I listened to the audiotape of this wonderfully descriptive book and thoroughly enjoyed Lynn Redgrave's remarkable narration. She is so good at this! (the only disconcerting thing I found with the tape was the random bursts of overly dramatic music. They seemed so out of place--inserted with no apparent thought given to what was occurring in the narration).
That said, I thought this story was lovely, typical Pilcher fare. One can be pretty sure that all the loose ends will be tied up, that the lost will be found and the bad dealt with in a most genteel manner.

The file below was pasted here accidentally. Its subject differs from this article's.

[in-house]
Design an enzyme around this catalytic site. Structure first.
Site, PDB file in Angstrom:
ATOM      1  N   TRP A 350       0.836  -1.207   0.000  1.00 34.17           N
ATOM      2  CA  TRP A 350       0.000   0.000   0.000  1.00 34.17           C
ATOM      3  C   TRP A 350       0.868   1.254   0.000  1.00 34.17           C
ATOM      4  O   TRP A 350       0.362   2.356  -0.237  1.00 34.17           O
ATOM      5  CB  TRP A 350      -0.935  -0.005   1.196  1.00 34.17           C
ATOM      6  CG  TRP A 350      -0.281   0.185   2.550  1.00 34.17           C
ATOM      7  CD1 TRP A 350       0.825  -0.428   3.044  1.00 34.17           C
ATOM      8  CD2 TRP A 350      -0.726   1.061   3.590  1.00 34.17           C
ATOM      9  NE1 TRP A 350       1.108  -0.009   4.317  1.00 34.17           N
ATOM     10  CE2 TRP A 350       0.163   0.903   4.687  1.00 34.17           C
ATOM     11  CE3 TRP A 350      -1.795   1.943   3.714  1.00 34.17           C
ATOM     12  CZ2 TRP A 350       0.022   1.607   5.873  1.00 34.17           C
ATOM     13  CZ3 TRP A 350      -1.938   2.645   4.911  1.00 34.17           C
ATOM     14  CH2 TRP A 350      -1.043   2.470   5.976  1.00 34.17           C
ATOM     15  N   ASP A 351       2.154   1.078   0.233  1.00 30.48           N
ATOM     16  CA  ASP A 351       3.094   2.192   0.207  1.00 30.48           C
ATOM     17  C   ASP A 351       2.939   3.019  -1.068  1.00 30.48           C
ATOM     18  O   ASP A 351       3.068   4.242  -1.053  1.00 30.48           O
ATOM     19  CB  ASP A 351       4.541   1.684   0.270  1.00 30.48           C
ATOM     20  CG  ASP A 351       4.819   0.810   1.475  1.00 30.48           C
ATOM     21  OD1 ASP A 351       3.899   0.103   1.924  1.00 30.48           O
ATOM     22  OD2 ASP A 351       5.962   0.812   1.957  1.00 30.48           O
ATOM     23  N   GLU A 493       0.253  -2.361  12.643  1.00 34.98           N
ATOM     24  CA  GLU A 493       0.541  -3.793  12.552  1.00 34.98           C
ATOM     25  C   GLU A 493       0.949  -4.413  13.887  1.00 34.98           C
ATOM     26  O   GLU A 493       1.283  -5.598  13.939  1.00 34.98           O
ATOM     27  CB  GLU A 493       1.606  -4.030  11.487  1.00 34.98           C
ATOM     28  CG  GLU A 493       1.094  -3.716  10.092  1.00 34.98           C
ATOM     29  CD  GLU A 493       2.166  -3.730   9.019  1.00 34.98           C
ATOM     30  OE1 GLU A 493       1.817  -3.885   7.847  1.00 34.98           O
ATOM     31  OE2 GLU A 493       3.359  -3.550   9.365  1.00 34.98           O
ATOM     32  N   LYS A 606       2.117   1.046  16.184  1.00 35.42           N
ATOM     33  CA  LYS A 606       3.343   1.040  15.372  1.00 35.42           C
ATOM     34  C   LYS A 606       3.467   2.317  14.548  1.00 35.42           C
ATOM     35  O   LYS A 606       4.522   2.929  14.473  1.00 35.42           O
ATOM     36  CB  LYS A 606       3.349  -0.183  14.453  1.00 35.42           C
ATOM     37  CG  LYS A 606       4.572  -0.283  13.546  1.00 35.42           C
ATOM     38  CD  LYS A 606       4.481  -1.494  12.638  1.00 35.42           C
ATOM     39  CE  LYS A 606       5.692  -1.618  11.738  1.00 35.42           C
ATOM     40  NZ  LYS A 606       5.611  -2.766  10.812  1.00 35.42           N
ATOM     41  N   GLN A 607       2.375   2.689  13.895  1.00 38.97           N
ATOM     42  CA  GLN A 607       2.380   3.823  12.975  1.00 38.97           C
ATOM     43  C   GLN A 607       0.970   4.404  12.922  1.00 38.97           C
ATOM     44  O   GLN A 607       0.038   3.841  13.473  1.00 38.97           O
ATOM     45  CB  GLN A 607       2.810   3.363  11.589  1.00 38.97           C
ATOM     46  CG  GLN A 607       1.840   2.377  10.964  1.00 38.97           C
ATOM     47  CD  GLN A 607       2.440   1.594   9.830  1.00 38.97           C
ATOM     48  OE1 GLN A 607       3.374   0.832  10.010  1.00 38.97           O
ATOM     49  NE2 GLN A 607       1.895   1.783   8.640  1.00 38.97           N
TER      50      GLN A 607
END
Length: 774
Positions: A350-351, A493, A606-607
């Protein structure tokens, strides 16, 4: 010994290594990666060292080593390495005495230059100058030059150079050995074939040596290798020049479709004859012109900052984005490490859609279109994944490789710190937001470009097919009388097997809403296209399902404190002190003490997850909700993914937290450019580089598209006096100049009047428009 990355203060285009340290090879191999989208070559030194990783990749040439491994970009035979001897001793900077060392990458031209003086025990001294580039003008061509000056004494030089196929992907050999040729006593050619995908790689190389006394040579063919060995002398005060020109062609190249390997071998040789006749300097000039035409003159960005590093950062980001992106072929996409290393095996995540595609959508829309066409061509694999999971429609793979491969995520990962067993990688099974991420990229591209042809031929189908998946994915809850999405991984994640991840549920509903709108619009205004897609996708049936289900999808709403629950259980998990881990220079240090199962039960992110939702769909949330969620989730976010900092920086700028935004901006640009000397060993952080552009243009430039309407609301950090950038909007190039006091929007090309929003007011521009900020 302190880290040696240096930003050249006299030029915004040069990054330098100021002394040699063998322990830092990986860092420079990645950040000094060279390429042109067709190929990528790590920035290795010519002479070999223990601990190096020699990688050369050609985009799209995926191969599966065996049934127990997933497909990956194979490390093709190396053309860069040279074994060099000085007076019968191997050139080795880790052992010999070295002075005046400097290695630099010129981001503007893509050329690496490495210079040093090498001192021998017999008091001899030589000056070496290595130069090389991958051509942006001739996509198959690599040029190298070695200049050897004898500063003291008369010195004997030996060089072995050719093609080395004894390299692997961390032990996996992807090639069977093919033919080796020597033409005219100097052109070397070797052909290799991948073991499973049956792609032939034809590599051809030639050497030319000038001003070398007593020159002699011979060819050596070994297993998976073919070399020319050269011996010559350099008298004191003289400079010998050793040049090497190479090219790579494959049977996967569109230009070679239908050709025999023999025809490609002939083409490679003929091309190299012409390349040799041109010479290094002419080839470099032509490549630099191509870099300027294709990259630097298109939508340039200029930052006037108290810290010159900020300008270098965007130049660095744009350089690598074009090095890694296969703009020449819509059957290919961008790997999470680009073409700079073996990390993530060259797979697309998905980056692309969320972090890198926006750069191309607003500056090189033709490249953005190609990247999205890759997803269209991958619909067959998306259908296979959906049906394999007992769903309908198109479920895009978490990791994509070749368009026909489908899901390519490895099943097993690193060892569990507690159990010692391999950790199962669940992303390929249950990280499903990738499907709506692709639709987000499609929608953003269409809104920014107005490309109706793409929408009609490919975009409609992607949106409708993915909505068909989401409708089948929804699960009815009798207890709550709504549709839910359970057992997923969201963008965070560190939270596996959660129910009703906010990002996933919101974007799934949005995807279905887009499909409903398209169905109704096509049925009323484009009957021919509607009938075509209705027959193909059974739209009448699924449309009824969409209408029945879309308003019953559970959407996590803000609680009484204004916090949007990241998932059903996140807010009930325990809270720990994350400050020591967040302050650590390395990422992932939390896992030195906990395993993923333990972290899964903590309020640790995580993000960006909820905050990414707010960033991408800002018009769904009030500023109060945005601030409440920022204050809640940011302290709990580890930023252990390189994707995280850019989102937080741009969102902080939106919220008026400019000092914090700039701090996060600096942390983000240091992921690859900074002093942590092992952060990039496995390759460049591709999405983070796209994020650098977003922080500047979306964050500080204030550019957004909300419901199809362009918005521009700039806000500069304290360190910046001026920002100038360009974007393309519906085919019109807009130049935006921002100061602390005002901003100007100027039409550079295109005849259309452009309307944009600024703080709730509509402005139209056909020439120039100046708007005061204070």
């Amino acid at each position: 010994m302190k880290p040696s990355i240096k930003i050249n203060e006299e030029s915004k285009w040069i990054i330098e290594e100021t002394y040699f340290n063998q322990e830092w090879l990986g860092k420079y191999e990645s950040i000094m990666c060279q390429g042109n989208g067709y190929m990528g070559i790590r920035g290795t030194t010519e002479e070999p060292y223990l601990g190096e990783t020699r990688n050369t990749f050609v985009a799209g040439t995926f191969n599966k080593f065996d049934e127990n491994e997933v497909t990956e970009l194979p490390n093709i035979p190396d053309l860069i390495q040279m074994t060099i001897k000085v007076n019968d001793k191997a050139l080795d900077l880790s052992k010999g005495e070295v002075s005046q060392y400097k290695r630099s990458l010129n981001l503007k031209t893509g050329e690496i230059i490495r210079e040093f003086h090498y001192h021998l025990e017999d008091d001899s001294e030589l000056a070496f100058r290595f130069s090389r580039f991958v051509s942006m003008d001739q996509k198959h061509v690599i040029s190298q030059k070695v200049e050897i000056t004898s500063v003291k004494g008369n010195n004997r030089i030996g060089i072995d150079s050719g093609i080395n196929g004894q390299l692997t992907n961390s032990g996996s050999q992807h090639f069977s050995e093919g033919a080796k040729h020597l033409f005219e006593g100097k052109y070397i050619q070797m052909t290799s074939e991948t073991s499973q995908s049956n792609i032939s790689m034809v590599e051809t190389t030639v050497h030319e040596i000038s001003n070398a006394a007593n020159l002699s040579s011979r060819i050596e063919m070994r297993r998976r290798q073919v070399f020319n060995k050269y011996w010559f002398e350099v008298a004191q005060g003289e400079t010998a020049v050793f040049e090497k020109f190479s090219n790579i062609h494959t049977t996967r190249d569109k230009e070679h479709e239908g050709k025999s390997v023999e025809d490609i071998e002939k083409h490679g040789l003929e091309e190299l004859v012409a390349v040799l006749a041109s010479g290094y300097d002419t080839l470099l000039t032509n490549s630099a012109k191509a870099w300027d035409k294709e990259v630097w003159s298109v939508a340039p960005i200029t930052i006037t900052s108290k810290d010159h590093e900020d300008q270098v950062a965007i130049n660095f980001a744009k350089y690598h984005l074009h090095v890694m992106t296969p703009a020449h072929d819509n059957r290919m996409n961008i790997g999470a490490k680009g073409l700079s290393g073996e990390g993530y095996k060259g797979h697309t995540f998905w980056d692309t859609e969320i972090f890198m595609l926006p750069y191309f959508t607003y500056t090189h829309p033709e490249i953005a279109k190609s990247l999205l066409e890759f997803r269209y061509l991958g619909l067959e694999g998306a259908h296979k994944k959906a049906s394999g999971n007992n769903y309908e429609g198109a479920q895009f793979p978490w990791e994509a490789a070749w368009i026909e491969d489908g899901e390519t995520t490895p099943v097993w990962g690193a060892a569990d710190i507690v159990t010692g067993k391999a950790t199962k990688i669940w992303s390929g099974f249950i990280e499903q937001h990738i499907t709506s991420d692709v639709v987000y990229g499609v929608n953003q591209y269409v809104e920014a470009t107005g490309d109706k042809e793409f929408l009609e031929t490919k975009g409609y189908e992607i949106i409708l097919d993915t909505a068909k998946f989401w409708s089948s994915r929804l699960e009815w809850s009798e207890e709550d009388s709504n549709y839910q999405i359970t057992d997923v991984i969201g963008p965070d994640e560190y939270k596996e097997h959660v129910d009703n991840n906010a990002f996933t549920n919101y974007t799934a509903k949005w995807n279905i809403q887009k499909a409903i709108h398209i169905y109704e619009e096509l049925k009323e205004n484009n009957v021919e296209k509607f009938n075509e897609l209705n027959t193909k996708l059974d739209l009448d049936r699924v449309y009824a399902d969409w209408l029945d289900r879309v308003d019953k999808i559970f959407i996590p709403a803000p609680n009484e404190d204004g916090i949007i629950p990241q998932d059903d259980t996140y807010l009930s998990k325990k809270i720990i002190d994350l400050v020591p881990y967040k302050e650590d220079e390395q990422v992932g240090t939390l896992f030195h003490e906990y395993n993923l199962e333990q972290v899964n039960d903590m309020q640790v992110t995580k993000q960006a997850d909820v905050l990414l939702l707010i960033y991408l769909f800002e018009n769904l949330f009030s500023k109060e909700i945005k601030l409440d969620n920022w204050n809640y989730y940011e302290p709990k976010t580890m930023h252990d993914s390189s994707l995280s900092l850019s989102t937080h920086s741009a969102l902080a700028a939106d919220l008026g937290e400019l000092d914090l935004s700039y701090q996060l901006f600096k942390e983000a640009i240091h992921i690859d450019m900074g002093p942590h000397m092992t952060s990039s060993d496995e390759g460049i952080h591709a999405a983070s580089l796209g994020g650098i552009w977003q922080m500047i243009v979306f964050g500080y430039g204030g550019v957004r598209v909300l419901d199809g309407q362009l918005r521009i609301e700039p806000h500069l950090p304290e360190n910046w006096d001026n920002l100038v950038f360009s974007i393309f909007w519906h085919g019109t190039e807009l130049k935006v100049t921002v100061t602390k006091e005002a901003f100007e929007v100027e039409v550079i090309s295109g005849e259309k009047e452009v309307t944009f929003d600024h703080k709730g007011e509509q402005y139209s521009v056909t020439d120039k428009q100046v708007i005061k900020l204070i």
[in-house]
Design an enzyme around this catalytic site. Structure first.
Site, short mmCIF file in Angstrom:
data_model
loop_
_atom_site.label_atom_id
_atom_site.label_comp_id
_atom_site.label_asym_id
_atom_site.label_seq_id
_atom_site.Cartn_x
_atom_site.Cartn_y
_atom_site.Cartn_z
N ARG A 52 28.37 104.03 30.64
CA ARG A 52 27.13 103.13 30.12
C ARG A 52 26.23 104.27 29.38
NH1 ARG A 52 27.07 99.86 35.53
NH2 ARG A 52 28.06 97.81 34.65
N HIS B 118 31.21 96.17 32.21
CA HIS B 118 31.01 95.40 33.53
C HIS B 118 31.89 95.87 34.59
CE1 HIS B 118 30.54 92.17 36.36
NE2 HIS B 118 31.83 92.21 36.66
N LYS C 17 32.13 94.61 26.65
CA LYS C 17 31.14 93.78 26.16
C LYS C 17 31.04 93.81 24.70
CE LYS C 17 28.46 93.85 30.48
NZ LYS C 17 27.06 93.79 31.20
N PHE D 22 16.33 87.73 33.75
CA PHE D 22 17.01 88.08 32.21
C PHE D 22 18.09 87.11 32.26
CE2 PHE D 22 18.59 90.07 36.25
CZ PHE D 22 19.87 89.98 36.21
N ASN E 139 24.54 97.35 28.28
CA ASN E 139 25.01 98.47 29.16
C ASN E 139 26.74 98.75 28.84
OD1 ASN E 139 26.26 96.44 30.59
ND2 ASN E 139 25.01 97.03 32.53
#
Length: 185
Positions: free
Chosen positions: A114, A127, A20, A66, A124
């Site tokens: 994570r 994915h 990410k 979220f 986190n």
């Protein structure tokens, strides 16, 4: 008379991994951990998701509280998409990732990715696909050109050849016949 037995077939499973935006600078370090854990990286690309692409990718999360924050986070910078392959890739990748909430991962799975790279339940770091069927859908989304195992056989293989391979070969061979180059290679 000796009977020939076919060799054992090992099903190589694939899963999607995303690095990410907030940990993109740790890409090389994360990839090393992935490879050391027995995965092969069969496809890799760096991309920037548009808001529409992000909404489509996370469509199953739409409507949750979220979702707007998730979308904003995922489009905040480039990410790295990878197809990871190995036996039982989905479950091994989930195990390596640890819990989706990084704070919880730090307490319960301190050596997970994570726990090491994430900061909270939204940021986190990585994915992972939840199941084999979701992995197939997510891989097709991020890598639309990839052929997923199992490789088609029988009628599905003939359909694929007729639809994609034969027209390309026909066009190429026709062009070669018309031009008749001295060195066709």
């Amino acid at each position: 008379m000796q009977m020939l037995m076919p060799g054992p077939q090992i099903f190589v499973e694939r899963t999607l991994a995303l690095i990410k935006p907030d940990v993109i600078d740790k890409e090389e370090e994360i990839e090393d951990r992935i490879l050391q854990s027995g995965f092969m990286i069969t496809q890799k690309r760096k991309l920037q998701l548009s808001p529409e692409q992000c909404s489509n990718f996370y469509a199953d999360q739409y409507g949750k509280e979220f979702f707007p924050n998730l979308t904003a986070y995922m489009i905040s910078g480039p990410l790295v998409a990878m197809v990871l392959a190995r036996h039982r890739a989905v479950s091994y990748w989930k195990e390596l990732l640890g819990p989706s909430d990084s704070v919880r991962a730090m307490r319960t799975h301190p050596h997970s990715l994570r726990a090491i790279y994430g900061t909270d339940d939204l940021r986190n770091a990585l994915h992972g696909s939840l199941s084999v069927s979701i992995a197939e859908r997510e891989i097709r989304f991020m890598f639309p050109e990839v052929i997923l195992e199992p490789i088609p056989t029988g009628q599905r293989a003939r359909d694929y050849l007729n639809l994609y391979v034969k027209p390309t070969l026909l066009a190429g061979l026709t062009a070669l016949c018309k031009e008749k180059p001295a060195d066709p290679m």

I always appreciate the period details in Pilcher's writing and this was no different. The reader always learns something when reading her books. She manages to entwine historical facts in with a family story in a seamless fashion.
This is the story of Judith Dunbar and in a secondary way, that of Loveday Carey-Lewis, including all of both families (dysfunctional, functional, and in-between!). Covering the years of 1935 (when both girls were 13) through the end of the Second World War, this book was large in scope and in its portrayal of its many interesting characters.
Pilcher does a great job of character development - the reader is quite easily able to identify with the characters who populate this book. The genteel British lifestyle, despite the looming war, is lovingly portrayed.
I agree with the reviewer who thought a sequel would be interesting.